The Mechanics of Visibility in “All the Secrets of the World” – Chicago Review of Books


Steve Almond fans have waited long and hard for his debut novel and crustaceous hell does it deliver. All the Secrets of the World is a masterful, nervy, complex and confrontational work that flays the white beasts of power, excoriates the American dream, and serves up a ferocious indictment of the Fourth Estate, all while encased inside a brilliant Gobstopper of a book that changes flavor, shape and hue the longer it sits on the tongue, staining us with its unflinching, irresistible honesty.

Teenage drama? Police Procedural? Social Satire? Desert cult odyssey? Assume you are reading one kind of story and witness the ass in you and me. Almond’s constant subversion of expectation not only rejects categorization but it also keeps readers turning pages. Even my husband, who’s practically allergic to novels, found himself rapt all night, duly wrong about the soporific effects of fiction. Almond injects his bitter truth serum into storytelling so propulsive, characters so alive, and language so dynamic that it’s impossible to put this sucker down. No wonder it is Zando’s first ever title: the secret of this book lies in the breadth of its reach.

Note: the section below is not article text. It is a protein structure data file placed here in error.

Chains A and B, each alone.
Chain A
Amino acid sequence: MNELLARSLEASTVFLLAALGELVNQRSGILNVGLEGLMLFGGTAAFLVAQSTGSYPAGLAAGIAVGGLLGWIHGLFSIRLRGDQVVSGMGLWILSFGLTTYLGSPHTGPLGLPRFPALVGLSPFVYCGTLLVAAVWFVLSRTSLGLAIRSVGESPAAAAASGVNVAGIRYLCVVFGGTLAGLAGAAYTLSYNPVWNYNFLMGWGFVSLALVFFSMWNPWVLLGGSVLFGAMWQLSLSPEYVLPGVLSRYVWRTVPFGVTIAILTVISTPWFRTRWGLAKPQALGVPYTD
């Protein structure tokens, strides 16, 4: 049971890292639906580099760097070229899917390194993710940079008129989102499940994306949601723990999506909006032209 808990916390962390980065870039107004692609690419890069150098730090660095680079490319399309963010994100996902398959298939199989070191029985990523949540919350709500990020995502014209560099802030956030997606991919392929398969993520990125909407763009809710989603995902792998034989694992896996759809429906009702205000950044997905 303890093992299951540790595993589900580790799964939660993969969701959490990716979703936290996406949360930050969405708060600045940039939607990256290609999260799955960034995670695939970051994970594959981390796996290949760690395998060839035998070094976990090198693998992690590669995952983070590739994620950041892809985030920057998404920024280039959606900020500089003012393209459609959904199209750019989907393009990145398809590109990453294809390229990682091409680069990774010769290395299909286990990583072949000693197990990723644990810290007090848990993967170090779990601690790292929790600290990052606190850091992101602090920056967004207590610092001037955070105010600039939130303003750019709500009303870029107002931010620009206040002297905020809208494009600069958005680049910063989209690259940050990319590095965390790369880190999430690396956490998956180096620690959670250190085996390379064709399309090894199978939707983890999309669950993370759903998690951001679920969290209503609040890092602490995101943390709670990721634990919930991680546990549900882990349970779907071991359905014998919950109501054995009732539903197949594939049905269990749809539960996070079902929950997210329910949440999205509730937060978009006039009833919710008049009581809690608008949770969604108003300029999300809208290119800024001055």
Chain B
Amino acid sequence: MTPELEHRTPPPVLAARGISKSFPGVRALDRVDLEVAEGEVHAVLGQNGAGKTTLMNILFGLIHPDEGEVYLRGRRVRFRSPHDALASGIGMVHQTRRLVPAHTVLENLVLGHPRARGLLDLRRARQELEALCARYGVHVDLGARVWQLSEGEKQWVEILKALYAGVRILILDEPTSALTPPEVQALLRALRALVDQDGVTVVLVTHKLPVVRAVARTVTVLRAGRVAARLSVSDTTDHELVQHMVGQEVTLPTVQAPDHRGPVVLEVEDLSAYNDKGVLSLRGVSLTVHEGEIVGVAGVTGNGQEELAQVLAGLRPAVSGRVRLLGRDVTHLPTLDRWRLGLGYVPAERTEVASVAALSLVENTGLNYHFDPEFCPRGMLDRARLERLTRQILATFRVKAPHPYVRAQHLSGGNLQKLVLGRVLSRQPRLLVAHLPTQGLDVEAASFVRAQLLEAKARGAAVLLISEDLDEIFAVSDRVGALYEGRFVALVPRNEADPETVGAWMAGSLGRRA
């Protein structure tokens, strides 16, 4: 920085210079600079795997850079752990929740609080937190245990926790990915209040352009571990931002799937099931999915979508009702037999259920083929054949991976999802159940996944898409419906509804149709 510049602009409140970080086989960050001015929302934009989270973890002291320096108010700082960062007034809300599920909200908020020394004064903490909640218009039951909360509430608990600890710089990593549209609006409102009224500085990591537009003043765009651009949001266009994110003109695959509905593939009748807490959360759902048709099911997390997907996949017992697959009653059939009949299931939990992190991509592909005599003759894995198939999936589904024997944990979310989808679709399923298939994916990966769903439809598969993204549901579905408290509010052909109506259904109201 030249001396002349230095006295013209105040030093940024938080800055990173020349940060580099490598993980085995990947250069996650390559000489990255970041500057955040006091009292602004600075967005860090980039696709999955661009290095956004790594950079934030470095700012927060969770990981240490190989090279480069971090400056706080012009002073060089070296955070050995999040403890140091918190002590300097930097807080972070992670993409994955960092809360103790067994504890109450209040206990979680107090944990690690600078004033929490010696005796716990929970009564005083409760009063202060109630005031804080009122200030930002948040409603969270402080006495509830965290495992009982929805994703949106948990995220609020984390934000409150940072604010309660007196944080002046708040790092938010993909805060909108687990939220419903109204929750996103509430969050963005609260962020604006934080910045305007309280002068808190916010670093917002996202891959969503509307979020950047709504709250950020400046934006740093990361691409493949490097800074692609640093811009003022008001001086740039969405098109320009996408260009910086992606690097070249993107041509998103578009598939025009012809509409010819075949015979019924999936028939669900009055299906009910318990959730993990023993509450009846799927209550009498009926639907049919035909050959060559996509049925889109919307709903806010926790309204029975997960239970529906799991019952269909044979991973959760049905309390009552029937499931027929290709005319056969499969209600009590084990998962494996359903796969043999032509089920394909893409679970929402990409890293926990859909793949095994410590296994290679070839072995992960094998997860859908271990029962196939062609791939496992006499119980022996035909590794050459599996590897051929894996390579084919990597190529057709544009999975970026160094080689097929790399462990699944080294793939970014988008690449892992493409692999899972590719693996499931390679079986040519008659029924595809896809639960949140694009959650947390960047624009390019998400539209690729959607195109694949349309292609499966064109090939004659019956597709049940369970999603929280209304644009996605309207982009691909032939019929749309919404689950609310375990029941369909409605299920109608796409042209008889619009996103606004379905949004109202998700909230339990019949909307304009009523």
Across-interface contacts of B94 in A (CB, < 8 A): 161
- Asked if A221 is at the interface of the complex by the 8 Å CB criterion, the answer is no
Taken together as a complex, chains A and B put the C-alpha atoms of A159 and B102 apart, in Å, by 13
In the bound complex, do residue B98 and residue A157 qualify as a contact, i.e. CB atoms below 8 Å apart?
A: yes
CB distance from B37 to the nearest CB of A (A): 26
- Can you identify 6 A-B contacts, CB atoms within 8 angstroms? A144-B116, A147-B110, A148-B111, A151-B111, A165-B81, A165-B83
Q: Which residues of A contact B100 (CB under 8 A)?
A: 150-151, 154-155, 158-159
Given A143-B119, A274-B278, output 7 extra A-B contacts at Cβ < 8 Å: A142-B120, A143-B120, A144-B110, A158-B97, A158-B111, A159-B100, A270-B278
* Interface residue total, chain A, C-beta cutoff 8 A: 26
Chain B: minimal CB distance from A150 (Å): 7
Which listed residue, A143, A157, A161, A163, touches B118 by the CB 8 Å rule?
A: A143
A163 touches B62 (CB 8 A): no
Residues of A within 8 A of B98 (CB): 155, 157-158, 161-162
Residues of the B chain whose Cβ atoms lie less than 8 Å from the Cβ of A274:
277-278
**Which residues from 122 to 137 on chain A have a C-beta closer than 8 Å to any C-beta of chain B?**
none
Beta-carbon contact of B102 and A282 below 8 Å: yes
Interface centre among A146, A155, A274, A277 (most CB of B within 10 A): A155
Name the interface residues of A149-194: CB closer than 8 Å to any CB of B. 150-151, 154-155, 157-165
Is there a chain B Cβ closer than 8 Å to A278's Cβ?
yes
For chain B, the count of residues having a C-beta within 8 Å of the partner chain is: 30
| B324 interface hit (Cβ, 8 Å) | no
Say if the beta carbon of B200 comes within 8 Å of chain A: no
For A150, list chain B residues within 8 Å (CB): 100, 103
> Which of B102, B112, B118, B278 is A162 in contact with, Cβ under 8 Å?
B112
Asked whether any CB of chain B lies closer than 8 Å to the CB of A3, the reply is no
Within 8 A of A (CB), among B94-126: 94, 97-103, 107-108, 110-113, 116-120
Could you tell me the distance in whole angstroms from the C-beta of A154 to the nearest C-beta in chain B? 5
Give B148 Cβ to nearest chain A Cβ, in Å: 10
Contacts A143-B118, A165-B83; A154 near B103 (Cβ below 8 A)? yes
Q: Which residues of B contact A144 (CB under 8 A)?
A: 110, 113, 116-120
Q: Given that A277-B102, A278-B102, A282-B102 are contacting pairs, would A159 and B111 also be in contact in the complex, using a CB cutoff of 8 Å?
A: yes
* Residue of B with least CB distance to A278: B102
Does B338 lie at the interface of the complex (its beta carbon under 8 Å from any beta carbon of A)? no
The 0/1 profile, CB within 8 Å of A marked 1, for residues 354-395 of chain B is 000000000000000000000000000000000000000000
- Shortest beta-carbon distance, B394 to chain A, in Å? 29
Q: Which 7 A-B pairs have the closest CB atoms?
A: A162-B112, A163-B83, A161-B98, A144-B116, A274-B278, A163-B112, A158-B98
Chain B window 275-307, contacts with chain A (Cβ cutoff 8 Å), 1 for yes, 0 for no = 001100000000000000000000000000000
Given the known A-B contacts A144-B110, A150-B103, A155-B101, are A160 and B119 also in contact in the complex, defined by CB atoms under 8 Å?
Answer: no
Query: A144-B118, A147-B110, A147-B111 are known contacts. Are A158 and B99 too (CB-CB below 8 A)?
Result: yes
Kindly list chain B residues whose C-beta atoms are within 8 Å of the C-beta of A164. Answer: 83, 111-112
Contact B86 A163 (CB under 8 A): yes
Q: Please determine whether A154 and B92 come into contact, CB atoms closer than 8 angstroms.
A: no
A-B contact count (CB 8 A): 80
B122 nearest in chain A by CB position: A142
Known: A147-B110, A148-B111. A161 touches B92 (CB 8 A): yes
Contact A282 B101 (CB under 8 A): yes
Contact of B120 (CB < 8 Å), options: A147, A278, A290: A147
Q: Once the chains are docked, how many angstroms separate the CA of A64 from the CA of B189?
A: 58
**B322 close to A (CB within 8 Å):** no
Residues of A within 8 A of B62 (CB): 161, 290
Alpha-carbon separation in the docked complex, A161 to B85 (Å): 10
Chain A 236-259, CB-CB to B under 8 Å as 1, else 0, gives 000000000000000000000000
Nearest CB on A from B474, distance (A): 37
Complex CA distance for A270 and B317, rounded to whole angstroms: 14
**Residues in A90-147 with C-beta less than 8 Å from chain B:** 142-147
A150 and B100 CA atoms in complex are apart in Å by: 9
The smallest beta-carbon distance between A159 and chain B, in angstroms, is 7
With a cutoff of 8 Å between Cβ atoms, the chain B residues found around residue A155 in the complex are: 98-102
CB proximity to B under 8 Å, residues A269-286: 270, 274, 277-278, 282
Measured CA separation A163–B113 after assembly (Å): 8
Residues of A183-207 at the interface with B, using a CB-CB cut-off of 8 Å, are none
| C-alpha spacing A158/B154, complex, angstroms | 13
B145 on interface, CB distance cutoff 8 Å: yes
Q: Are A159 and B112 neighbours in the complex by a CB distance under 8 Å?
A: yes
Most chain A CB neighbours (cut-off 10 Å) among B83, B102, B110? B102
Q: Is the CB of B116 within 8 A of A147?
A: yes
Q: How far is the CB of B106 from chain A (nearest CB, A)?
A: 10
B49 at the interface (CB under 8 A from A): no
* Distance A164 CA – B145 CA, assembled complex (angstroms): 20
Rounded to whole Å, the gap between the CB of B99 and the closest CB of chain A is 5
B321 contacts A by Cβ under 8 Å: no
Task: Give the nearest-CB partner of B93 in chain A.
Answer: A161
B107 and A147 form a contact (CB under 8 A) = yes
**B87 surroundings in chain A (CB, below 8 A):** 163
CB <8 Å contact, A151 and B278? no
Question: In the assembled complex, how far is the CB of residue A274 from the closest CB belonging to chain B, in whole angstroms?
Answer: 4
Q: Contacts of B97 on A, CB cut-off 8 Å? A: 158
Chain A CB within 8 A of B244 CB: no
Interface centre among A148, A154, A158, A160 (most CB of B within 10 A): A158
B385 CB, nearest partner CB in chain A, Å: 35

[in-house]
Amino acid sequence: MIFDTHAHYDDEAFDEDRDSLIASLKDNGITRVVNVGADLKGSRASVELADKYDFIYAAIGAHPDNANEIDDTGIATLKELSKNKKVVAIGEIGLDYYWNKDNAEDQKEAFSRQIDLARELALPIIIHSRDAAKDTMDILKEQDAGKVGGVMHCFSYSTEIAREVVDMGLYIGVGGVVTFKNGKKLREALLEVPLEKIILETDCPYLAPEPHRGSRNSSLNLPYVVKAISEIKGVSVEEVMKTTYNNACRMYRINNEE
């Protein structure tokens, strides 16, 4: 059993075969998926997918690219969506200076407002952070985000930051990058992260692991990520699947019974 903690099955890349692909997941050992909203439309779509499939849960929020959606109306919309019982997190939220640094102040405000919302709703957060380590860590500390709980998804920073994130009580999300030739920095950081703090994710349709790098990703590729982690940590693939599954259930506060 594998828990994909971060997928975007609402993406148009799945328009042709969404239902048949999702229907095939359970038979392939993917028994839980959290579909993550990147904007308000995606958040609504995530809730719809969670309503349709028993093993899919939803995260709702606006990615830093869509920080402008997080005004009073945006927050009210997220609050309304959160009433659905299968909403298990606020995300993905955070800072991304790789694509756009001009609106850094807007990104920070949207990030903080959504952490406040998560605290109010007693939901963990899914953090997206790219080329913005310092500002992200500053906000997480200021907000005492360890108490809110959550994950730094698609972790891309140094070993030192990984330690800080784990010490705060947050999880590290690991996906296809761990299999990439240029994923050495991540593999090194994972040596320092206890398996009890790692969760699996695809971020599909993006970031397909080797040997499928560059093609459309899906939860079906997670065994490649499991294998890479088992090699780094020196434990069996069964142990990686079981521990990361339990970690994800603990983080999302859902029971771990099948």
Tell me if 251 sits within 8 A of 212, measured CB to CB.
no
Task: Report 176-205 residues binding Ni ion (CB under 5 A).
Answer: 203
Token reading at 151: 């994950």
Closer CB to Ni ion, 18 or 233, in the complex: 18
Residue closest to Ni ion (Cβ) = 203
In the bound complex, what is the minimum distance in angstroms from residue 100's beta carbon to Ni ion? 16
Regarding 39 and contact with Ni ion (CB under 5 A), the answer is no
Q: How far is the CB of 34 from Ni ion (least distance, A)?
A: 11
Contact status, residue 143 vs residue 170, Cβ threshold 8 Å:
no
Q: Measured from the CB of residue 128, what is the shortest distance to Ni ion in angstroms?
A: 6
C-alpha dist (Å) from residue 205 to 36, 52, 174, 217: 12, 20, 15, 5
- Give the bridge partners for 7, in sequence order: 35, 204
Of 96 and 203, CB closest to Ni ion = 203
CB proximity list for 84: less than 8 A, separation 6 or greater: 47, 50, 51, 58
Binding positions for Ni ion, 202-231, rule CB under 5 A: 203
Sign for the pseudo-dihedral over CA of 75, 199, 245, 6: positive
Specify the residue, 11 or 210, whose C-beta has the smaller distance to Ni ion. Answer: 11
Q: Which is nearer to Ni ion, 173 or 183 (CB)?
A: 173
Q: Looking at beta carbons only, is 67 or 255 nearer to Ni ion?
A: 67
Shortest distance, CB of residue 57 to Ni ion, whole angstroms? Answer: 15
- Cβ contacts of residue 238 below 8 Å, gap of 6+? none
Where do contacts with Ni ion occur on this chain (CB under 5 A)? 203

For a novel as riddled with twists, his thesis is clear. Like Chekhov’s gun, Almond plants it early, in this case in the opening sentence: “By the time she was thirteen years old, Lorena Saenz had learned how to make herself invisible.”